I recently encountered What Artists See When They Look At Art, a book illustrating short, illustrated essays by artists discussing art they especially respond to at the Metropolitan Museum of Art. Peripatetic experiences. The comments are often unexpected, yet perceptive. Maybe artsy. The book’s introduction comments: “[The artists] know how to unpack a work not only analytically but also emotionally. They have a way of making it personal. Some of them speak about an epiphany,…”
* * * * * *
In the early morning of June 8, 2018 I was shocked to tears
when I learned that Anthony Bourdain had died.
I’d not known anything about him when, a couple of years ago, I encountered his CNN television series, PARTS UNKNOWN. I became fascinated by this former chef traveling to “unknown” places to indulge in the local cooking while casually conversing about the customs, social issues, and distinctiveness of matters particular to those with whom he was sharing a meal. The meditative cooking-and-travel combo intrigued me with its unusual form and content. It was as though the food ingredients themselves, and how they were prepared into the mix, represented a concoction of that particular culture that was special to it. He seemed a kind of perceptive—not a casual—flaneur, but I didn’t realize the special connection I had to his way of encountering the world, until that morning when I heard the eulogies and commentaries.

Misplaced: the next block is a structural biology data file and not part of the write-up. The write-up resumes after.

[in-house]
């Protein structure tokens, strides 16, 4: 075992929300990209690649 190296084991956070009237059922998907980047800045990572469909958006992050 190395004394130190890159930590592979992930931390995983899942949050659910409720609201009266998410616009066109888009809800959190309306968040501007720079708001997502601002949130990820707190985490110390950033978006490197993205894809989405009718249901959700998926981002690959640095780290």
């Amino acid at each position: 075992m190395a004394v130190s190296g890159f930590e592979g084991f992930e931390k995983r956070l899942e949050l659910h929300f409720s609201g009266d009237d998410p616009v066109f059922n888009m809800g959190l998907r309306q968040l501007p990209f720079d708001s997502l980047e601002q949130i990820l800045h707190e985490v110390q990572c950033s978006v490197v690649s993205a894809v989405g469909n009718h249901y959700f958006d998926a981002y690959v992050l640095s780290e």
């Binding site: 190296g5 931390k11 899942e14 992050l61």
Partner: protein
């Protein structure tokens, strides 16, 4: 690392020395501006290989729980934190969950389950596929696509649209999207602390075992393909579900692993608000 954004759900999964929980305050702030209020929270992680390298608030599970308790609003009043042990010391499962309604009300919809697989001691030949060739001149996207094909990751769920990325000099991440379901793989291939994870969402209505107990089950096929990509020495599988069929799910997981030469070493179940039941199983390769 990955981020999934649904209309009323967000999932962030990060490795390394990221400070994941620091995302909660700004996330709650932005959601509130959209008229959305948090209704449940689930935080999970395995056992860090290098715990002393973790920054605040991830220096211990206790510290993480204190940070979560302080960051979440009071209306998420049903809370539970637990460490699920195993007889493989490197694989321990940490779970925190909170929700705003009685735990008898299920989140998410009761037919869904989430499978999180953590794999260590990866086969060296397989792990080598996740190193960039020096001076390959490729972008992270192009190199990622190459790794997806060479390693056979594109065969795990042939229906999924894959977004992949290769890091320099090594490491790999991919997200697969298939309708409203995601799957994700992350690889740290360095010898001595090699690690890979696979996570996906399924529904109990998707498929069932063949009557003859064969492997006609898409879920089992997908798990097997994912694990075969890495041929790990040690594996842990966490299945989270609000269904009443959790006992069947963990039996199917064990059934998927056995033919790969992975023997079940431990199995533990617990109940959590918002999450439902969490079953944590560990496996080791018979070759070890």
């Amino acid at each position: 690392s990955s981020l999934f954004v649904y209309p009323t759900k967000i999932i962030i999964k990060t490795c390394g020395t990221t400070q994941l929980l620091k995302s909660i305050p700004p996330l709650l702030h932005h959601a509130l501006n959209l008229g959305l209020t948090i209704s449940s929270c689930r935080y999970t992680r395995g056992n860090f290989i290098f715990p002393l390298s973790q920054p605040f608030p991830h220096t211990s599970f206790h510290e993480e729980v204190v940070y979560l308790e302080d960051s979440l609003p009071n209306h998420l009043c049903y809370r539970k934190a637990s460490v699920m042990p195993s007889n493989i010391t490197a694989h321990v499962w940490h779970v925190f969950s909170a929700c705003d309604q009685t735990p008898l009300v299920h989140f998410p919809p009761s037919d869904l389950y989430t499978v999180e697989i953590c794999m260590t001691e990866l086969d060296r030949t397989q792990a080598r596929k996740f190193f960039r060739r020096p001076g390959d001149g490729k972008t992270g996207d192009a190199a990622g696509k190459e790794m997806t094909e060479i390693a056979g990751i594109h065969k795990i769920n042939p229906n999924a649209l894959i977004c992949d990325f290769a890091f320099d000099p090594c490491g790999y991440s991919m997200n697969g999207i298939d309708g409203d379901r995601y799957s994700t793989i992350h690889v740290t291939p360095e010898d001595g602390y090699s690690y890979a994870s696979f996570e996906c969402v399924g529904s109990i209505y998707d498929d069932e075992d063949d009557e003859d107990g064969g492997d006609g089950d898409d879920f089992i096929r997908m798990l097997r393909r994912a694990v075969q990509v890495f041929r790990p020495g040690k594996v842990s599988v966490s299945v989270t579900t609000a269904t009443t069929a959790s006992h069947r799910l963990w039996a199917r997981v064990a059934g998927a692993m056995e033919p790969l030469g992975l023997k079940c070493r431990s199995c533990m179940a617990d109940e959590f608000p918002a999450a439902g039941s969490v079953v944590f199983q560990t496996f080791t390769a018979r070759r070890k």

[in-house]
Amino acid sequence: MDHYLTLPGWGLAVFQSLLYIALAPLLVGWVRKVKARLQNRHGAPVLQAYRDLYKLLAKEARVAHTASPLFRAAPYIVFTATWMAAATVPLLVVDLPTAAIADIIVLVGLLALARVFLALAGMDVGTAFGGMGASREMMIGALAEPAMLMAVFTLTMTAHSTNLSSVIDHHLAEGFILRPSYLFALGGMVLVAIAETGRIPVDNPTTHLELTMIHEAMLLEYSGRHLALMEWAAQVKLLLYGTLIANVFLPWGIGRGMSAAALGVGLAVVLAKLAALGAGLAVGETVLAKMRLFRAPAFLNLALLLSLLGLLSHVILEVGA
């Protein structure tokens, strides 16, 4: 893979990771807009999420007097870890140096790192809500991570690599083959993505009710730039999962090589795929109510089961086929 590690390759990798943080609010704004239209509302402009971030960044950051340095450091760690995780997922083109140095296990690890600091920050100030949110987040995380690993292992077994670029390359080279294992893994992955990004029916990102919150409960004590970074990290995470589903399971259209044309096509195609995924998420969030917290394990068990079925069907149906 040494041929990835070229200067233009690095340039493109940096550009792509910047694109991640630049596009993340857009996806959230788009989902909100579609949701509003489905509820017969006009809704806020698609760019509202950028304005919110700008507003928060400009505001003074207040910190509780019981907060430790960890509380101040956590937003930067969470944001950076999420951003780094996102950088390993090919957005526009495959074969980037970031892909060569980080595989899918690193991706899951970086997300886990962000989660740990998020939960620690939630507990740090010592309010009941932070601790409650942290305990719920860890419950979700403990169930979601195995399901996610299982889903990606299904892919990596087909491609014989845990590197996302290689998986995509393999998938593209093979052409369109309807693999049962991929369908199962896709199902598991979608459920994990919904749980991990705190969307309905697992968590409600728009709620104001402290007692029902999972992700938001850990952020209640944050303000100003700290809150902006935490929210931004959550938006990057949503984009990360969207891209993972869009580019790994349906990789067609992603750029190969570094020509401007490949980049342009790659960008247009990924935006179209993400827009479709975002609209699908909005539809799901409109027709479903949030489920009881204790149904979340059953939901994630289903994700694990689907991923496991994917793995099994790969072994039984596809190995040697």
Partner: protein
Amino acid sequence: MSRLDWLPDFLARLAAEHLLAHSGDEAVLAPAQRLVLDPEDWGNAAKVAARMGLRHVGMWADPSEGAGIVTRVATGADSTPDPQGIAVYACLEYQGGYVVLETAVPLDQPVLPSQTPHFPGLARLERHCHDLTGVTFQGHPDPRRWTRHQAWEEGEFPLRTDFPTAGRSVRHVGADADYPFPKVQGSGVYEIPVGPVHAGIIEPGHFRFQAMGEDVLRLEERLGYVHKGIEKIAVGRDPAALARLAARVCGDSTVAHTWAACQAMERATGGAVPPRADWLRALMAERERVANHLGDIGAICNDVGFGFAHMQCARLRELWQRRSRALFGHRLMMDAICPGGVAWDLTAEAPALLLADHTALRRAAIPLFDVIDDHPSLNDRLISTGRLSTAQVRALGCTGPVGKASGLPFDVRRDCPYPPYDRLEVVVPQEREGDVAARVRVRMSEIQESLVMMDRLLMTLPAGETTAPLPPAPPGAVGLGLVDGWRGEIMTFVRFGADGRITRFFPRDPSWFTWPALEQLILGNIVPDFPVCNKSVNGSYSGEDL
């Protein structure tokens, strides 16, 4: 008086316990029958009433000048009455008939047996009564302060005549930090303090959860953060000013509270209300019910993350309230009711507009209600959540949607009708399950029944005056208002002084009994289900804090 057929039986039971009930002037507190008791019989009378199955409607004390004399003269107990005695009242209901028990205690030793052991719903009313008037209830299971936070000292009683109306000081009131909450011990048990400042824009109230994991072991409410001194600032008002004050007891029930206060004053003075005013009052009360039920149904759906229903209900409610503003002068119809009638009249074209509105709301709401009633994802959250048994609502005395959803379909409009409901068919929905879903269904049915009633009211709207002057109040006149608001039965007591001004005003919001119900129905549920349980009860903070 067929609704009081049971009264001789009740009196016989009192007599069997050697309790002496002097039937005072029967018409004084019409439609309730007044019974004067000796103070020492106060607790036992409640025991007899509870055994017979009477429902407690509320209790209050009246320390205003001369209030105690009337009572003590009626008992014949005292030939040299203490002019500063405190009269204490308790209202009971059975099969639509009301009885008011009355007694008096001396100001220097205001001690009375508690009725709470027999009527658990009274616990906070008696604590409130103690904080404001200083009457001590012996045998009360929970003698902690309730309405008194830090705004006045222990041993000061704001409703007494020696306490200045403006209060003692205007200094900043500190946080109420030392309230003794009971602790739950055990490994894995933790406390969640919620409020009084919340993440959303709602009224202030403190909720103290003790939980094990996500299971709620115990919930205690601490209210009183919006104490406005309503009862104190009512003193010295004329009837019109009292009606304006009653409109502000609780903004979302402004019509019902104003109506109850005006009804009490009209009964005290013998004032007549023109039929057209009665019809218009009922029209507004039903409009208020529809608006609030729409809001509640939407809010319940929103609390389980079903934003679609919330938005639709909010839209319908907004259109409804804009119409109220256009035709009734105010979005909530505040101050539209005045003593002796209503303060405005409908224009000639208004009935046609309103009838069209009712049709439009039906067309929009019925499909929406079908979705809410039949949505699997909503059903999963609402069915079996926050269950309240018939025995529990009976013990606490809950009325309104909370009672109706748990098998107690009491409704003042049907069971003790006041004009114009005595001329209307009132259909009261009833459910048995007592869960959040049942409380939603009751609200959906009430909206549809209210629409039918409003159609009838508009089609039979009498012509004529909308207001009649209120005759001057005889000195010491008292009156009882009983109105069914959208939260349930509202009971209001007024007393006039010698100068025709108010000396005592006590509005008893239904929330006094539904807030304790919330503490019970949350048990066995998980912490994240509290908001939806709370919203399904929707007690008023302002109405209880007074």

The New York Times essayist James Poniewozik wrote (6/8/18, appearing in the 6/10/18 paper edition) in the first and last parts of his elegant tribute:
Anthony Bourdain understood that eating was simply a way of taking the world inside you.